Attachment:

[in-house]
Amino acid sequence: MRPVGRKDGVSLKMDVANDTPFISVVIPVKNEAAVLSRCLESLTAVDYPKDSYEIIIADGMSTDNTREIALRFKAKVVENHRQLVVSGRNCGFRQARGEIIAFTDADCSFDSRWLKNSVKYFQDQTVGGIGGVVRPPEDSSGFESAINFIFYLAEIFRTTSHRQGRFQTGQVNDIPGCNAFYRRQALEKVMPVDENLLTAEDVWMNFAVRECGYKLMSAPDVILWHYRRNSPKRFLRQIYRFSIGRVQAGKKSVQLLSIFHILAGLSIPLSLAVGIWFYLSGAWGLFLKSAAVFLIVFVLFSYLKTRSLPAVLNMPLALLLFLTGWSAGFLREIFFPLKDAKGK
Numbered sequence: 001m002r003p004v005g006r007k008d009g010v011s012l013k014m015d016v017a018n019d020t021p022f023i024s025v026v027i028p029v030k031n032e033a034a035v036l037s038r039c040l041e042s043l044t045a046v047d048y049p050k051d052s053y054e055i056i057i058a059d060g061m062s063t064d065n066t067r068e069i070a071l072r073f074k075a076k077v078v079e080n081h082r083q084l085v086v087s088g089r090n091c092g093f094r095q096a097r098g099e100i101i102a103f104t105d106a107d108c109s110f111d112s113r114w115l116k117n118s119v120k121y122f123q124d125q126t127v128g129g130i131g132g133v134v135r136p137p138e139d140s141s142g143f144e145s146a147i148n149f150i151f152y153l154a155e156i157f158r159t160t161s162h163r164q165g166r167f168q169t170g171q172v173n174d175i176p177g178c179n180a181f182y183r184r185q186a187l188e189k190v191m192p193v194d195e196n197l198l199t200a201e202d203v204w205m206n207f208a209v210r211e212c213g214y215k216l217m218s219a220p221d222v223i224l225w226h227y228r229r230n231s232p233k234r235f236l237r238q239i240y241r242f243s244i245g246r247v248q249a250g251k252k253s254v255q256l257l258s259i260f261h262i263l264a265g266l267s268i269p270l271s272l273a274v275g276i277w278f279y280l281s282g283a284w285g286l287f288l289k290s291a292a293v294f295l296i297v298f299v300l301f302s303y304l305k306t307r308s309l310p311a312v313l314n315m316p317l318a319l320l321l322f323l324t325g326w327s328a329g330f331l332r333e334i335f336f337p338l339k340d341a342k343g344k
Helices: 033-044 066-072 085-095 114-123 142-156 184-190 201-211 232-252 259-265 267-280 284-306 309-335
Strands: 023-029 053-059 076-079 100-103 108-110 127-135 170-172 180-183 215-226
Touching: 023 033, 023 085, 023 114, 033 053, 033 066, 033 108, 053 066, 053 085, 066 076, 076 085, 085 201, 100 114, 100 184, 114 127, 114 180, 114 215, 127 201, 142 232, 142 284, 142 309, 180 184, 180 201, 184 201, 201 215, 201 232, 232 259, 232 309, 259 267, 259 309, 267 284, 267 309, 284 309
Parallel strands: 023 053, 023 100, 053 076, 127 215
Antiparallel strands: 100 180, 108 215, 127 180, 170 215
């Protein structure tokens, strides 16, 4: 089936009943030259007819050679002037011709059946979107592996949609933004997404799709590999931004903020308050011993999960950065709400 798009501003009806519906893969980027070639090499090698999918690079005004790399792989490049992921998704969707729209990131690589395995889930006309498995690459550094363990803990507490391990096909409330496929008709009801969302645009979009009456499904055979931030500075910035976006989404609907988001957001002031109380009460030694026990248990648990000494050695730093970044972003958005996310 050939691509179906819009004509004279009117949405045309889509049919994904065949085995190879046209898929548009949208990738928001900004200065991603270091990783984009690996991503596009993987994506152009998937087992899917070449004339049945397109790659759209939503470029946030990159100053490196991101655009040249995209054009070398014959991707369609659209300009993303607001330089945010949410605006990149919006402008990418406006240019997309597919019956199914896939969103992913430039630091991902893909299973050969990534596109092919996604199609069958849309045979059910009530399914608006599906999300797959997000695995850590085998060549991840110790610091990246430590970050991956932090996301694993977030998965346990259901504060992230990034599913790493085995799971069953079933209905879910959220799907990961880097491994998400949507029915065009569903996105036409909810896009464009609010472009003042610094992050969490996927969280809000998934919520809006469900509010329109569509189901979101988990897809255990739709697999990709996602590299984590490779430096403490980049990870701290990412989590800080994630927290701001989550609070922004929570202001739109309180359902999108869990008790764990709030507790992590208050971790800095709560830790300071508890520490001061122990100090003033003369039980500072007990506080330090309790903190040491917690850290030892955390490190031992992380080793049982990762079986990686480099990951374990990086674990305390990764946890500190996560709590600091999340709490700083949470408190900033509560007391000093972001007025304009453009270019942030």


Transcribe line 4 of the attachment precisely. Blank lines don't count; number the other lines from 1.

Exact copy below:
Helices: 033-044 066-072 085-095 114-123 142-156 184-190 201-211 232-252 259-265 267-280 284-306 309-335